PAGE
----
As soon as totality ends, and you start to see Baily’s Beads again, put your solar glasses back on as it will get very bright again very fast as the moon moves out of the way.

Q: What are the best options for viewing the eclipse safely and to greatest effect?

A: No matter where you are during the eclipse, make sure you have solar glasses. These glasses should be ISO-approved for solar viewing. Do not use glasses with scratches, holes, or other damage.

If you are unable to obtain solar glasses in time, you can safely view the eclipse using a home-made projection method, such as a pinhole camera or even projecting the image of the sun through a colander.

The best view of the eclipse will be from within the path of totality, but even if you are not within it, you should still go outside to experience the partial eclipse. Use the NASA Eclipse Explorer to find the start, maximum, and end times, and then find a nice spot outside — preferably with some shade — put on your glasses, and enjoy the show.

For a closer view of the sun, find a friend that has a telescope with the correct ISO-certified solar filter. This will let you see the photosphere (or chromosphere if it is an H-alpha scope) in a lot more detail. If you do not have access to a telescope, NASA plans to livestream a telescope view throughout the eclipse. [The livestream will be displayed publicly on a large screen in Building 55 at MIT, rain or shine.]

The only time you can look at or image the sun without a filter is during 100 percent totality. As soon as this period is done, glasses and filters must be put back on.

After the eclipse, keep your glasses and filters. You can use them to look at the sun on any day (it took me an embarrassing amount of time to realize that I could use the glasses at any time instead of lugging out a telescope). On a really clear day, you can sometimes see sunspots!

Q: How does eclipse photography work?

A: This year I plan to photograph the eclipse in two ways. The first is using a hydrogen-alpha telescope. This telescope filters out all light except for one wavelength that is given off by hydrogen. Because it blocks out most of the light from the sun’s surface, it allows you to see the turbulent upper atmosphere of the sun, including solar prominences that follow magnetic field lines.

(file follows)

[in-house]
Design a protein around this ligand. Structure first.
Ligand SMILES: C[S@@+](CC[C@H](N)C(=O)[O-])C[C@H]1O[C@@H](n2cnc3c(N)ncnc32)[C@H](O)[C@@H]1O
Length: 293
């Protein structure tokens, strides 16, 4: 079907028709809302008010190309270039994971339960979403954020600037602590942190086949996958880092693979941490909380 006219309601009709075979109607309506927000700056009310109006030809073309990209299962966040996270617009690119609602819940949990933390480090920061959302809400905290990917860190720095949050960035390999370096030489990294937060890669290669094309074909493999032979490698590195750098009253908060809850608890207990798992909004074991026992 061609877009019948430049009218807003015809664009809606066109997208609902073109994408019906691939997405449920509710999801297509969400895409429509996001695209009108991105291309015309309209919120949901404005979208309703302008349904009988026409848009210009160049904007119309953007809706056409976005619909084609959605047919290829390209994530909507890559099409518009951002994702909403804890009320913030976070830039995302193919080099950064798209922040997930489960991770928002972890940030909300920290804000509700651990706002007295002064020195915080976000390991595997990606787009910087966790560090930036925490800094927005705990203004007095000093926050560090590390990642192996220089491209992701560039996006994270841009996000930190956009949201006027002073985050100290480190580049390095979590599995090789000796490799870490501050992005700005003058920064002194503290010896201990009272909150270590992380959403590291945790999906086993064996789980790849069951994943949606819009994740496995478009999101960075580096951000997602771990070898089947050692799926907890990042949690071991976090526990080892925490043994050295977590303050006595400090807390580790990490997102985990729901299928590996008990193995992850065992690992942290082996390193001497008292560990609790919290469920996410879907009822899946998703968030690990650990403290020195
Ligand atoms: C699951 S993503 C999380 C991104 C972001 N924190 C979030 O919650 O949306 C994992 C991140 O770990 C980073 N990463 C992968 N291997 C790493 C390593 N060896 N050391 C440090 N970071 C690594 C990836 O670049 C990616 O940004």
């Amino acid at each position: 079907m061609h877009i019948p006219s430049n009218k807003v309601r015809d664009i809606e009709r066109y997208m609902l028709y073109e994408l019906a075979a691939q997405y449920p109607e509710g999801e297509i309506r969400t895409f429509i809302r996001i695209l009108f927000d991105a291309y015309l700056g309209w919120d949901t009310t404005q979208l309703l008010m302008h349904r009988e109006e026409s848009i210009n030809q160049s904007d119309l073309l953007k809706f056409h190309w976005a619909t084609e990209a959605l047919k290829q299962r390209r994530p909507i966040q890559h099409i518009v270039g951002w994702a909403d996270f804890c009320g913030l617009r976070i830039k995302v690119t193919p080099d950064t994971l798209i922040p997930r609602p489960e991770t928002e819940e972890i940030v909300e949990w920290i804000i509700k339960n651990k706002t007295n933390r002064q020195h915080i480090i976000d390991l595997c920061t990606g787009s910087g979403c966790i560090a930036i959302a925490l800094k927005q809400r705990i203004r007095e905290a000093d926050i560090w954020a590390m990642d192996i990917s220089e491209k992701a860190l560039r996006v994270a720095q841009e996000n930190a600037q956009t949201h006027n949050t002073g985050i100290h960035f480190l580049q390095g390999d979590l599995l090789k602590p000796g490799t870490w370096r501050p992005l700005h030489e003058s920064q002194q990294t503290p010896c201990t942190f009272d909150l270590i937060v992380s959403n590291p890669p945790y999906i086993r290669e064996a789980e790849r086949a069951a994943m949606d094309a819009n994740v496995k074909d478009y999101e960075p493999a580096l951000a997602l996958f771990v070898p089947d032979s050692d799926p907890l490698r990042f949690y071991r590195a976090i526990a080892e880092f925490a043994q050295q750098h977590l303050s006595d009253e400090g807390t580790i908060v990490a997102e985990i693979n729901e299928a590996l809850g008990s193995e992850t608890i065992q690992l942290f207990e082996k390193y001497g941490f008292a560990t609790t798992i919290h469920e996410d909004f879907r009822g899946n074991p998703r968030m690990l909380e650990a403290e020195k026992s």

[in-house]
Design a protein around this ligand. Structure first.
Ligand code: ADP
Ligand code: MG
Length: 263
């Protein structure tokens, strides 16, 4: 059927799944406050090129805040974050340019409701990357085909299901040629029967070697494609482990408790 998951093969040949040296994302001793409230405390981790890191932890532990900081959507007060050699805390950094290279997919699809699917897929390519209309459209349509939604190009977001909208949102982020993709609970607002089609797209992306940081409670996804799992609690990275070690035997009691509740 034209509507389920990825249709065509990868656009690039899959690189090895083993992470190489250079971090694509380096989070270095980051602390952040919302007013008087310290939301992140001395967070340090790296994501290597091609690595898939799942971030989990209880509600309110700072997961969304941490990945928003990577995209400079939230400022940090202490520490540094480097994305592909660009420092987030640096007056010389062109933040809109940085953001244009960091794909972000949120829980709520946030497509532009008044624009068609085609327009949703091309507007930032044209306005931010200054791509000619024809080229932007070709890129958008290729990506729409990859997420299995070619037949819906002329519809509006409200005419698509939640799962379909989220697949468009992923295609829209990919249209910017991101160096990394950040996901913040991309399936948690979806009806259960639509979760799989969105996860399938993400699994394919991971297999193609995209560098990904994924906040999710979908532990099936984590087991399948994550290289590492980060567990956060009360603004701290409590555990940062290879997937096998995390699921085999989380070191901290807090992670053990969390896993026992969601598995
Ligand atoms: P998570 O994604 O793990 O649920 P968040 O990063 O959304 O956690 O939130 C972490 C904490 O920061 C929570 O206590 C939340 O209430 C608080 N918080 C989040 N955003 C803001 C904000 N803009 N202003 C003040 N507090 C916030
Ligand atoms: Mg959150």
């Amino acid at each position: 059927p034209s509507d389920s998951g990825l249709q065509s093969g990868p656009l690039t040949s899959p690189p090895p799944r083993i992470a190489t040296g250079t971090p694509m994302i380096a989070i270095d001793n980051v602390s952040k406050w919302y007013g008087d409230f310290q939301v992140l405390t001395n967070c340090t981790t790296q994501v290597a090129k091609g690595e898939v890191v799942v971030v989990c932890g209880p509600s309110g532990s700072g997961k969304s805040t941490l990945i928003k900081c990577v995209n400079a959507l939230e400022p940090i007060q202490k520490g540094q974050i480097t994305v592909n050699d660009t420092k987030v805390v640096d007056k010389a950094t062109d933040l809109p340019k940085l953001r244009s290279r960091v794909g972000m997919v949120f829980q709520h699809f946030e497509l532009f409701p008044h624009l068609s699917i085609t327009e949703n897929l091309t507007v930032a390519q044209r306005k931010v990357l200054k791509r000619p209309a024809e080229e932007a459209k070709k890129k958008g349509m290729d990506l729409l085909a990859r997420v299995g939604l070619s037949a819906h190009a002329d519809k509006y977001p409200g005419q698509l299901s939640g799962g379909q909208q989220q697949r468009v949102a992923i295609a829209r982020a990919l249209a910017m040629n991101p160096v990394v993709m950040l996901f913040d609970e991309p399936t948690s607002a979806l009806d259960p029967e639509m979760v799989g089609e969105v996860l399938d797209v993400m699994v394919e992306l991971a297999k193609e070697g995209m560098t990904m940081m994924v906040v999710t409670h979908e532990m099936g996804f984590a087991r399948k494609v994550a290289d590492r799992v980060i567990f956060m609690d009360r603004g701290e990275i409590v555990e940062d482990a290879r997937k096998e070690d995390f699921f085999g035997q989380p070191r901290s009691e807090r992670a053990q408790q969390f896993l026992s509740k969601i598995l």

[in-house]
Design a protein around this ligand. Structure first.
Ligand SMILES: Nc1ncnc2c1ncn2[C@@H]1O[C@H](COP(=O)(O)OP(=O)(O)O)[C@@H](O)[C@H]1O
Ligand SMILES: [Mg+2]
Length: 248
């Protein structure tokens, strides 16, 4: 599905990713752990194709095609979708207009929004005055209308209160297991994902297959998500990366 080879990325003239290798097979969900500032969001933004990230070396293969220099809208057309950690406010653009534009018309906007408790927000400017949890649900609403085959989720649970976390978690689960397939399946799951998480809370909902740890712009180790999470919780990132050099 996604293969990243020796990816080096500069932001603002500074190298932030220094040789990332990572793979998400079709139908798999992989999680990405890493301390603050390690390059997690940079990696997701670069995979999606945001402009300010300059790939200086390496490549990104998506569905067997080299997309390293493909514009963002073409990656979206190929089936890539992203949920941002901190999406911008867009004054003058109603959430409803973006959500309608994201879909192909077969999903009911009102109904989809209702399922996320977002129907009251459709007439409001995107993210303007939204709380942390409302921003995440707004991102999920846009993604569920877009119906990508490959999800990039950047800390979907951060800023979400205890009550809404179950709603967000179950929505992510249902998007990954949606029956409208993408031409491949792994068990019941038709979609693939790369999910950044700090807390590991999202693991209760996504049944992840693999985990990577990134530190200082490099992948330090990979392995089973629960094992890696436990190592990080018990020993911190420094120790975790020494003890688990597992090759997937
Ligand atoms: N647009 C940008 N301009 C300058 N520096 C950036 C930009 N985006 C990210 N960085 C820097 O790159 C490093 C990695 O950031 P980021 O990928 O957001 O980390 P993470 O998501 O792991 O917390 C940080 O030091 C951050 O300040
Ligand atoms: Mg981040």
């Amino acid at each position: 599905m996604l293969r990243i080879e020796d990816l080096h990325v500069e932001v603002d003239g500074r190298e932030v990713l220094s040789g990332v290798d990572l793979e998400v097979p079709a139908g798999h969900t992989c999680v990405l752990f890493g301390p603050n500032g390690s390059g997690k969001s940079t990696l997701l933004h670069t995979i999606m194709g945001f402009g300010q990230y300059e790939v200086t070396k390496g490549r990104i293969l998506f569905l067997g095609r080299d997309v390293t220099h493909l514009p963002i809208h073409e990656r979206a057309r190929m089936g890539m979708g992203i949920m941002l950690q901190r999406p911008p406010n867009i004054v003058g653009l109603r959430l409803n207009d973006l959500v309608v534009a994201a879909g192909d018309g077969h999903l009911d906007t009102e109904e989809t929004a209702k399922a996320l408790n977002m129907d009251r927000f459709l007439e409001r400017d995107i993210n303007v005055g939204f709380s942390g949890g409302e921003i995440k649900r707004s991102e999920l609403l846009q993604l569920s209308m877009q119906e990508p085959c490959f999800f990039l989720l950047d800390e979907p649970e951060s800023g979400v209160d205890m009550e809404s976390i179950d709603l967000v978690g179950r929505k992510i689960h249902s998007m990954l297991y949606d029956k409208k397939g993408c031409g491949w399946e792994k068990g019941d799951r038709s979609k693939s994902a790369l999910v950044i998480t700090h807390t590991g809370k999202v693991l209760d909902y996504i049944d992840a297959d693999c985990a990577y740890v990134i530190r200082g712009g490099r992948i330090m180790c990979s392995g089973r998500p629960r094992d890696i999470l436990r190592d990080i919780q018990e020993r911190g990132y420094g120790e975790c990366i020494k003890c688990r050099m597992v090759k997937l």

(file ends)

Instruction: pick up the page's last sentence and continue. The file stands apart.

Because this telescope does not allow for imaging during totality as too much light is blocked, I also plan to set up a regular camera with a wide-angle lens to capture the total eclipse with the surrounding environment as context. During the 2017 eclipse, I only captured close-ups of the sun using a regular solar filter and missed the opportunity to capture what was going on around me.

Will it work? That depends on if we get clear skies, and how many pictures of my 1.5-year-old need to be taken (as well as how much chasing needs to be done).

If you would like to take pictures of the eclipse, make sure you protect your camera sensor. The sun can easily damage lenses, sensors, and other components. Here are some examples of solar damaged cameras. The solution is simple, though. If using a camera phone, you can take pictures through an extra pair of solar glasses, or even tape them to the phone. For cameras with larger lenses, you can buy cardboard filters that slide over the front of your camera or even buy ISO-approved solar film and make your own.

Q: Any fun, unique, cool, or interesting science facts about this eclipse to share?

A: If you want to get even more involved with the eclipse, there are many citizen science projects that plan to collect as much data as possible throughout the eclipse.

NASA is planning to run several experiments during the eclipse, and researchers with MIT Haystack Observatory will also be using four different technologies to monitor changes in the upper atmosphere, both locally and across the continent.

If you are interested in learning more about the eclipse, here are two of my favorite videos, one on “unexpected science from a 0.000001 megapixel home-made telescope” and one on solar eclipse preparation.